The two-stage process, by definition, requires that the preforms are released, which results in a loss of orientation. Further, the reheating and conditioning processes involved in a two-stage process are normally carried out by rotating the preforms as they pass through a system of ovens. Therefore, orientation is also lost through rotational movement. Such loss in orientation is only avoidable by using complex and expensive self aligning mechanisms which are generally not cost justified. For two-stage blow molding operations and for other operations requiring the orientation of articles, the prior art does include apparatuses and systems for accomplishing the orientation of articles. Generally, however, these apparatuses are complex and inapplicable to existing machinery without major alterations thereto.

Krishnakumar et al. U.S. Pat. No. 4,483,436 describes a preform holding apparatus consisting of a bore through a pallet in which a rotatable collet is located for retaining the neck of a preform. The preform is retained in the collet by a spring loaded arrangement of detent balls which engage a circumferential groove between the flange and the thread of the preform. To retain the preform, the detent balls must pass over the molded threads to engage the groove. The preform rotates with the collet which is frictionally driven as it moves through ovens or the like. While this apparatus teaches a means for engaging and retaining a preform by its neck for a two-stage injection blow molding process, it does not disclose how to properly orientate the preform for the various operations. This apparatus also has potential for damaging the neck finish of the preform since the detent balls must be forced over the threaded portion.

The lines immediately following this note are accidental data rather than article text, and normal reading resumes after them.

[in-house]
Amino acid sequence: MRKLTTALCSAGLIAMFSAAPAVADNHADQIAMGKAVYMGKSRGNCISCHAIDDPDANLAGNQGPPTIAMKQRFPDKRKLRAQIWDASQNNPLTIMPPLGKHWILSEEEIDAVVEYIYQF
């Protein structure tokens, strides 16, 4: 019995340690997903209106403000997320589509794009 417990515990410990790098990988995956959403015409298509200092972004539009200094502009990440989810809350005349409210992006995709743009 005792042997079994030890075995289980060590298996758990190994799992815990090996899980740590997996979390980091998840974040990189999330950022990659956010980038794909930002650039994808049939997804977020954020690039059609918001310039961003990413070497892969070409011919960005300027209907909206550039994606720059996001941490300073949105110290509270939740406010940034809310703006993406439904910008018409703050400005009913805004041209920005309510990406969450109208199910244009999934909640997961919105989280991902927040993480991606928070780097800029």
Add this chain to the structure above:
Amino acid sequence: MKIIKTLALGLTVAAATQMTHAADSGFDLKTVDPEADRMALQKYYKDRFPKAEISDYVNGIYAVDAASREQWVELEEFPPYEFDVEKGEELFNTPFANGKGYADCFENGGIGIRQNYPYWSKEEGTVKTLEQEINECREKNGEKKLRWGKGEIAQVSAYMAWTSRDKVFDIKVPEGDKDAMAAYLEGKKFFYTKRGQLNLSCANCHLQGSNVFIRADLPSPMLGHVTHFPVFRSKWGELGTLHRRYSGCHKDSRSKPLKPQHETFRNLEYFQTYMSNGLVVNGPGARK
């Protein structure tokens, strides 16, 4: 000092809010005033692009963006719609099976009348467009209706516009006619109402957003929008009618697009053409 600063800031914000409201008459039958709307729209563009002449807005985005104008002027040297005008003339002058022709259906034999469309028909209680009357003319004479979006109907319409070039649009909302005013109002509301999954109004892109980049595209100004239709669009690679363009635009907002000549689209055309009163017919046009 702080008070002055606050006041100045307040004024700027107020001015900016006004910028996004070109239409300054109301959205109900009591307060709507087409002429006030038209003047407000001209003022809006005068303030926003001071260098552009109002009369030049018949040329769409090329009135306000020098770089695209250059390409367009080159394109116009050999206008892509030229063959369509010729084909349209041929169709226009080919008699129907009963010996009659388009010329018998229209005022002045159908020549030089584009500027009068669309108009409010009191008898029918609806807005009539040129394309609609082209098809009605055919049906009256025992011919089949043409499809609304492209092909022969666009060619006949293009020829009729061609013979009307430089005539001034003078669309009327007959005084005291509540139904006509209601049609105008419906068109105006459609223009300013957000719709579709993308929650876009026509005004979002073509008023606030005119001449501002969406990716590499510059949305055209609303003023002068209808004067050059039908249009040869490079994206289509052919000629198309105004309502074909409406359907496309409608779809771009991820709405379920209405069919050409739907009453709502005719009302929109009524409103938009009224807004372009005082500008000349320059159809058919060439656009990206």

U.S. Pat. No. 4,664,248 discloses a device and method for orientating blown articles carried randomly by individual pucks on a belt conveyor. The pucks have integral means for engaging the blown articles and for holding the same in a desired orientation. Such means consists of a peripheral slide surface positioned parallel to the desired direction of travel and a rotation producing surface positioned between the base of the puck and the slide surface. Each puck is necessarily rotated for acquiring the desired orientation. For a two stage blow molding operation, additional components would have to be assembled and positioned in order to orientate the pucks and then transport the pucks to the multiple cavities of the blow mold. Orientation would have to be accomplished for each puck after movement through the ovens, thereby requiring individual orientation mechanisms and making such a device particularly complex and expensive.